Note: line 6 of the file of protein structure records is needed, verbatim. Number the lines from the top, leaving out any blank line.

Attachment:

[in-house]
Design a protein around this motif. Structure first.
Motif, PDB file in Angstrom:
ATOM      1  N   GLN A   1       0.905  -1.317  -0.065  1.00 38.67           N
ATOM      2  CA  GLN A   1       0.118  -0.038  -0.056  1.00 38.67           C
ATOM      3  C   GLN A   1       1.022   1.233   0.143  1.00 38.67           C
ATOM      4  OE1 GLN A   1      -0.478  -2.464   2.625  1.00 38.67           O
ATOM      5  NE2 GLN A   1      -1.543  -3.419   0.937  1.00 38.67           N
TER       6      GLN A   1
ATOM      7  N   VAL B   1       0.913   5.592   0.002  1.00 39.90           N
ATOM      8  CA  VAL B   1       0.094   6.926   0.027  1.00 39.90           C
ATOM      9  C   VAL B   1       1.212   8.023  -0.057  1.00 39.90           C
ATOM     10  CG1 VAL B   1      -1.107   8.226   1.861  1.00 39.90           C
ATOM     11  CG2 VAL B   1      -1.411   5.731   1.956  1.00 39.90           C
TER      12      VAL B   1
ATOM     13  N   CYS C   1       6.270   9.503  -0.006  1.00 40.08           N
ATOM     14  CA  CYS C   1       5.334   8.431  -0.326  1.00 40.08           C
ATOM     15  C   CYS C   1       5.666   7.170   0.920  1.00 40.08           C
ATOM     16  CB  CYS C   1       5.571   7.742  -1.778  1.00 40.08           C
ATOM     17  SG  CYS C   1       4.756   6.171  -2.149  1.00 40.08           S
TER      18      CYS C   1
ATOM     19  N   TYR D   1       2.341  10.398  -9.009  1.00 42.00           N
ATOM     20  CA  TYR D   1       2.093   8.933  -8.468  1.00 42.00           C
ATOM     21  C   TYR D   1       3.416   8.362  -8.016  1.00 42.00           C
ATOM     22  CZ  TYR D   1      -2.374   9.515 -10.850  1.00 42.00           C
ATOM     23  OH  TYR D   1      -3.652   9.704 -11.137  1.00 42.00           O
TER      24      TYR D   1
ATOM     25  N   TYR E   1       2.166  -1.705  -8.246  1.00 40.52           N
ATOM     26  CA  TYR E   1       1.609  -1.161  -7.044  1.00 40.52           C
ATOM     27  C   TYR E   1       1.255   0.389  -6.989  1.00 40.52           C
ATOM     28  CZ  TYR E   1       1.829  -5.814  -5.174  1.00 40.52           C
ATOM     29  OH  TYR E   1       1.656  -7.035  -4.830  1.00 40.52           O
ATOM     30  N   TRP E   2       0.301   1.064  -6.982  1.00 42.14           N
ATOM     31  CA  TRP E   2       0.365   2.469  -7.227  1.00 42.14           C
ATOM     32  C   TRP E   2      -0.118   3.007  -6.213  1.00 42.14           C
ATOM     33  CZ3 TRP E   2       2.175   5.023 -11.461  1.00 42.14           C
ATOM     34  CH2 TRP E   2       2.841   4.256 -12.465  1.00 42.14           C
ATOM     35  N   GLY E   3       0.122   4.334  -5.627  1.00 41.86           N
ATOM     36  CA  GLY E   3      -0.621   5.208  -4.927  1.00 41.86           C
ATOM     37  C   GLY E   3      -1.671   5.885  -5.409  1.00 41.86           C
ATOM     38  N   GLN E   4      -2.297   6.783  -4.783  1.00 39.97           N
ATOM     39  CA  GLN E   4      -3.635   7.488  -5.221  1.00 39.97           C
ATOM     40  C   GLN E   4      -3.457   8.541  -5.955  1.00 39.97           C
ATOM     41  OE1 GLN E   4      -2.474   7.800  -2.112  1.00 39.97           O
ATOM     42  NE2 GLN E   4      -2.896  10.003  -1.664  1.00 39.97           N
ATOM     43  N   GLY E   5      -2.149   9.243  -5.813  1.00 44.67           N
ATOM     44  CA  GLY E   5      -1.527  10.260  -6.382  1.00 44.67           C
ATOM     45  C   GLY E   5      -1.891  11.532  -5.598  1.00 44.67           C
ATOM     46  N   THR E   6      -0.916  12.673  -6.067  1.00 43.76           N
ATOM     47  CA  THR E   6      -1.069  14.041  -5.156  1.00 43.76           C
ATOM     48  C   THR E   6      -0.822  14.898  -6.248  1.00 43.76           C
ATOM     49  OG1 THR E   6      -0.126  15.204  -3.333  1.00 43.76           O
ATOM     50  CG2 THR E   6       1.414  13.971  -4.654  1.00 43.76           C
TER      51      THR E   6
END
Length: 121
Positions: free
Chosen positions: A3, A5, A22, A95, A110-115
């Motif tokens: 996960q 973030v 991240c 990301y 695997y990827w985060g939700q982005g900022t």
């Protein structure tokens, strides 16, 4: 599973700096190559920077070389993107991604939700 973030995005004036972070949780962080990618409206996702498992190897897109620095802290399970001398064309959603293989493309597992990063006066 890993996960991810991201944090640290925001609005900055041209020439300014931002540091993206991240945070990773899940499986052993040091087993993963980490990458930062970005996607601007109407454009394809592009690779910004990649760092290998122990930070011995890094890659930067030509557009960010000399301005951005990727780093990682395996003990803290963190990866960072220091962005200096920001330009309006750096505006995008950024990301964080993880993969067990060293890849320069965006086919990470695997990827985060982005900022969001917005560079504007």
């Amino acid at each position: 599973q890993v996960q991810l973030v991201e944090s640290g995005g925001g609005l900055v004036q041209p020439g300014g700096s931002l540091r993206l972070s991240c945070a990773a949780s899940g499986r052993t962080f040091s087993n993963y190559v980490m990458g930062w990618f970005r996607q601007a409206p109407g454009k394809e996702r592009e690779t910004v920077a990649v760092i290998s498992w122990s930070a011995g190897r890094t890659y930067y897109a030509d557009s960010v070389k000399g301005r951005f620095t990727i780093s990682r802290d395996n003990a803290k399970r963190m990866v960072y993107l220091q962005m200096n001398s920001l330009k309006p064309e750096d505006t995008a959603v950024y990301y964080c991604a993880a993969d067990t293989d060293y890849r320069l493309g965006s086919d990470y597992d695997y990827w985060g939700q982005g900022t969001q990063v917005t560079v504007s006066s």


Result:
ATOM      3  C   GLN A   1       1.022   1.233   0.143  1.00 38.67           C